East Africa

Uganda: 200 Land Cases Cleared in September

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A record nine cases are disposed of each day, court officials say. According to the Land Division Registrar, Alex Ajiji, the faster dispensation of justice has tremendously cut the case backlog. In August, 149 cases were cleared and another 202 files closed last month, bringing the grand total to 451 cases resolved in two months.

"This is an enormous achievement so far; two hundred cases in one month is a record in our justice system," said Ajiji, in reference to the September milestone.

Previously, the land division was understaffed, with only three judges; Owinyi Dollo, Joseph Murangira and Opio Aweri, dealing with thousands of cases, piled up over the last 30 years. But in July, these were joined by eight new judges; Elizabeth Kabanda, Eva Luswata, Wilson Kwesiga, Monica Mugyenyi, Damalie Lwanga and Andrew Bashaija.

The division contributed heavily to the case backlog. It was one of the worst-performing departments of the High court, ahead of the Family, Commercial, Anti-Corruption courts. According to records, there are 20,377 unresolved land cases, some filed as early as 1980s. According to the 2012/13 ministry of justice and constitutional affairs report, there were 163,992 unresolved cases.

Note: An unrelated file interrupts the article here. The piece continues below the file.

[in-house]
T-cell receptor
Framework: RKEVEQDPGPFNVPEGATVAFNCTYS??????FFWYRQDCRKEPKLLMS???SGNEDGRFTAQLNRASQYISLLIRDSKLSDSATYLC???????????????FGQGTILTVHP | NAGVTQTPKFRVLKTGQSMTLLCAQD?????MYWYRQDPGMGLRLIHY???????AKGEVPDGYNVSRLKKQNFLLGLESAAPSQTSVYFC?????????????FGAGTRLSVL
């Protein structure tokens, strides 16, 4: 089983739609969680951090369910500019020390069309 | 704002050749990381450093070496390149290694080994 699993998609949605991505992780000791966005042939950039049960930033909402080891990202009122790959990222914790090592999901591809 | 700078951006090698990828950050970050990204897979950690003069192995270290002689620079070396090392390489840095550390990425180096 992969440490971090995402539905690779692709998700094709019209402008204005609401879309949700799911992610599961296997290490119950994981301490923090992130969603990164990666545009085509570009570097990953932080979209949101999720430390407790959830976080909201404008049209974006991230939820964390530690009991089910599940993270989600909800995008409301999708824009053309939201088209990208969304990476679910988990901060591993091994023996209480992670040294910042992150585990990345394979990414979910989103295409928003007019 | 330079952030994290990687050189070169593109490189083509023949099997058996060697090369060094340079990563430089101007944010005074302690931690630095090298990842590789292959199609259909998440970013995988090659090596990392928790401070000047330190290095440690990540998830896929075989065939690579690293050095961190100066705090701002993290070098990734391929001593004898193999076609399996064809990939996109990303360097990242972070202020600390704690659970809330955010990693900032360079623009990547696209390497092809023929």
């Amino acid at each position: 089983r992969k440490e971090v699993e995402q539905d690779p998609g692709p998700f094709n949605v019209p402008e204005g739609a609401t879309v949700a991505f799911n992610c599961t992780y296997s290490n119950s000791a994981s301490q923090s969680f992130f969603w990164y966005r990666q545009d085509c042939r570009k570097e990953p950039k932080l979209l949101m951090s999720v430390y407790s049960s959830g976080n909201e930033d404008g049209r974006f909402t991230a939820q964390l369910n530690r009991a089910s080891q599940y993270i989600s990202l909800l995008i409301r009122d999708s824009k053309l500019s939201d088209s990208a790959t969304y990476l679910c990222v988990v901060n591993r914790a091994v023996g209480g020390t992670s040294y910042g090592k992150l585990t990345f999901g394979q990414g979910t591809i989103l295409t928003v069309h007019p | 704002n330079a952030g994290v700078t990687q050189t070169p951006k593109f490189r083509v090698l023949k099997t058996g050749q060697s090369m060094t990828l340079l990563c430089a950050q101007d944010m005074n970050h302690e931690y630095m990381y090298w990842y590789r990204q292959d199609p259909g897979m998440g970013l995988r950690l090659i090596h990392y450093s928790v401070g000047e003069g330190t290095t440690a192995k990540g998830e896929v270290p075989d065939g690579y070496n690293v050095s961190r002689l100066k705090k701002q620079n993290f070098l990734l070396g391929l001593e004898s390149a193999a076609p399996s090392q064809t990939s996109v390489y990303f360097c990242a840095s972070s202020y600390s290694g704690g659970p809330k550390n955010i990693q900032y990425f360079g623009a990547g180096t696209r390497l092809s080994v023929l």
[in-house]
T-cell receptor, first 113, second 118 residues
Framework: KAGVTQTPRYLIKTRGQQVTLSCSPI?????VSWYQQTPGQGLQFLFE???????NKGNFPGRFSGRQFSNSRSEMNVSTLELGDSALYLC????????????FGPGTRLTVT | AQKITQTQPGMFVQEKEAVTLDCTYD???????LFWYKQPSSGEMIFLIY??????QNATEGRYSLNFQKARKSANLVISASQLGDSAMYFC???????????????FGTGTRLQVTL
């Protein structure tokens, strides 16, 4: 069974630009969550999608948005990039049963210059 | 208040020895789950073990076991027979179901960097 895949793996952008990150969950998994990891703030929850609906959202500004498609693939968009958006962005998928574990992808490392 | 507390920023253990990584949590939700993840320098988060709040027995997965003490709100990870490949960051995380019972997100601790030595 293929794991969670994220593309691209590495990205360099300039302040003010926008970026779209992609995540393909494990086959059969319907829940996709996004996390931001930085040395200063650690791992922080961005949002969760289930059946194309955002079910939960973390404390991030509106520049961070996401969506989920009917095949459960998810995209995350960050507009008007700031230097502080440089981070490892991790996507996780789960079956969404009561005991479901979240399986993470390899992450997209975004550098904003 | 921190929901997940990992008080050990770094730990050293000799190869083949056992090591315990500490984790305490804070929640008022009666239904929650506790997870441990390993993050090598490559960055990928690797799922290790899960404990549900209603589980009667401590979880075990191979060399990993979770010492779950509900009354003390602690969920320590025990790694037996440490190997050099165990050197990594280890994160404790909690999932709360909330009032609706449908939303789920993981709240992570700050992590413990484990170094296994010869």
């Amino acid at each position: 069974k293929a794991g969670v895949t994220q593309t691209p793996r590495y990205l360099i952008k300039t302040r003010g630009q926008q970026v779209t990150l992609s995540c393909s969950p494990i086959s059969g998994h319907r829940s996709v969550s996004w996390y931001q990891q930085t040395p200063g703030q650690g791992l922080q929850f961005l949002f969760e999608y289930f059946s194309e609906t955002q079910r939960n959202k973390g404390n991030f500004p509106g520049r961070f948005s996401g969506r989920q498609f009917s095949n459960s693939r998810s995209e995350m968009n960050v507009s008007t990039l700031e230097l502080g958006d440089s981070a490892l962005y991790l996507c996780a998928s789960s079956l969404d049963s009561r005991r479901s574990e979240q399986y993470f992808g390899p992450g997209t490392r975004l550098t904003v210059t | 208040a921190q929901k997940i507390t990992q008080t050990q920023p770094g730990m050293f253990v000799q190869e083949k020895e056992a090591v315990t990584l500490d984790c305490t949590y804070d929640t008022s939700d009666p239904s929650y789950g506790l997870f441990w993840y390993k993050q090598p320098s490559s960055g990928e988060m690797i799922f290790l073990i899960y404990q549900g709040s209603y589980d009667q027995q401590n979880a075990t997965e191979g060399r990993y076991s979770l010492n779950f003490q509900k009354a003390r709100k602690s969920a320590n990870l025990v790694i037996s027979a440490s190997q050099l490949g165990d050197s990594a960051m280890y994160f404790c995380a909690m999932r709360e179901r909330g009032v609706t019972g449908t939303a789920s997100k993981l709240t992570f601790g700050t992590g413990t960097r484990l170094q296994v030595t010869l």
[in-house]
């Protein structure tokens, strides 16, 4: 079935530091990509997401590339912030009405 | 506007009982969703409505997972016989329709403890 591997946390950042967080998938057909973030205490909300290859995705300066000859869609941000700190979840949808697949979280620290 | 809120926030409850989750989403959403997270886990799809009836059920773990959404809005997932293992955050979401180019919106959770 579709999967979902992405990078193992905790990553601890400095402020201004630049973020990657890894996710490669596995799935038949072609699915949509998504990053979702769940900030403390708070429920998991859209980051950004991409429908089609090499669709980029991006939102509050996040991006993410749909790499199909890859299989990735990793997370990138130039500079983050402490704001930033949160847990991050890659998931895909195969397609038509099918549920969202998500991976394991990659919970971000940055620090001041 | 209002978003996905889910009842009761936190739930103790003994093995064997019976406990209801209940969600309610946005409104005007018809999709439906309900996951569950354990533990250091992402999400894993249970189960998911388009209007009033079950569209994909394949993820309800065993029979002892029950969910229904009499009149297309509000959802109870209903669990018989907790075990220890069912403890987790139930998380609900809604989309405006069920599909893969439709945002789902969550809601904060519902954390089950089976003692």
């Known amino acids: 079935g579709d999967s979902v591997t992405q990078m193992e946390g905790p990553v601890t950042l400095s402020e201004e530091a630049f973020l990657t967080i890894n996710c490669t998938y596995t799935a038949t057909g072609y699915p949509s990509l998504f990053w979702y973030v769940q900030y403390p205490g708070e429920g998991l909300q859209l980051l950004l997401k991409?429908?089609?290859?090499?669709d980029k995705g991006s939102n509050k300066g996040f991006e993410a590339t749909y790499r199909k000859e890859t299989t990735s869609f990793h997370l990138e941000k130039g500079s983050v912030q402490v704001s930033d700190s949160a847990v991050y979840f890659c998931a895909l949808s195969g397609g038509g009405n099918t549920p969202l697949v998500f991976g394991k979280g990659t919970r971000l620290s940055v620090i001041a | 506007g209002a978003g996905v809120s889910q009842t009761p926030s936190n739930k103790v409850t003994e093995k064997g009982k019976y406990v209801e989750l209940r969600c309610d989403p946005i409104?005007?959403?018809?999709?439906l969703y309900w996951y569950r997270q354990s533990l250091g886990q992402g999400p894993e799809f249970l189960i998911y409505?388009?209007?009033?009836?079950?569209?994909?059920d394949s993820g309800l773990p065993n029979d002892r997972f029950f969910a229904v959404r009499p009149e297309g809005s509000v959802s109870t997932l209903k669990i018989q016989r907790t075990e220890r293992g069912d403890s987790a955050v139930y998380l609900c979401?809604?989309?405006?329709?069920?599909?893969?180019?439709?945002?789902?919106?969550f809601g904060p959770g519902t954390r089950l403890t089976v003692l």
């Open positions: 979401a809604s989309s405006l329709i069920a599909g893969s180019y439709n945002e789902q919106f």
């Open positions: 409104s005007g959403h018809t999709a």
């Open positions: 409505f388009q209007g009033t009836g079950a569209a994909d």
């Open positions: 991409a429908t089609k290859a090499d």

The recently-appointed judges dismissed many of the older cases after realizing that some of the parties had either lost interest or lacked evidence.

However, the ministry of Lands spokesman, Denis Obbo, is more cautious.

"We are still concerned about the backlog there [High court] but the good thing is the land policy has recommended that [Land] tribunals be reinstated and placed under the ministry of Lands," Obbo said.

In 2007, land tribunals were suspended and all cases before them were transferred to the magistrate's courts. Land tribunals encourage arbitration between parties locked in land disputes. People resort to courts when arbitration fails.

A study by Human Rights Network blamed an increase in mob justice across the country on delayed judgments in land disputes. The majority of respondents interviewed in the survey felt, 'justice is moving too slowly and more people resorted to taking matters in their own hands."

While appreciating the figures, Nicolas Opiyo, the Secretary of the Uganda Law Society, concurs, noting: Arbitration and mediation are now compulsory in all justice departments, and it's the way to go."

Opiyo says there is an urgent need to rejuvenate the lowest justice systems like LC1 courts, which should dispose of minor cases as well as support the tribunals and other higher justice fora.

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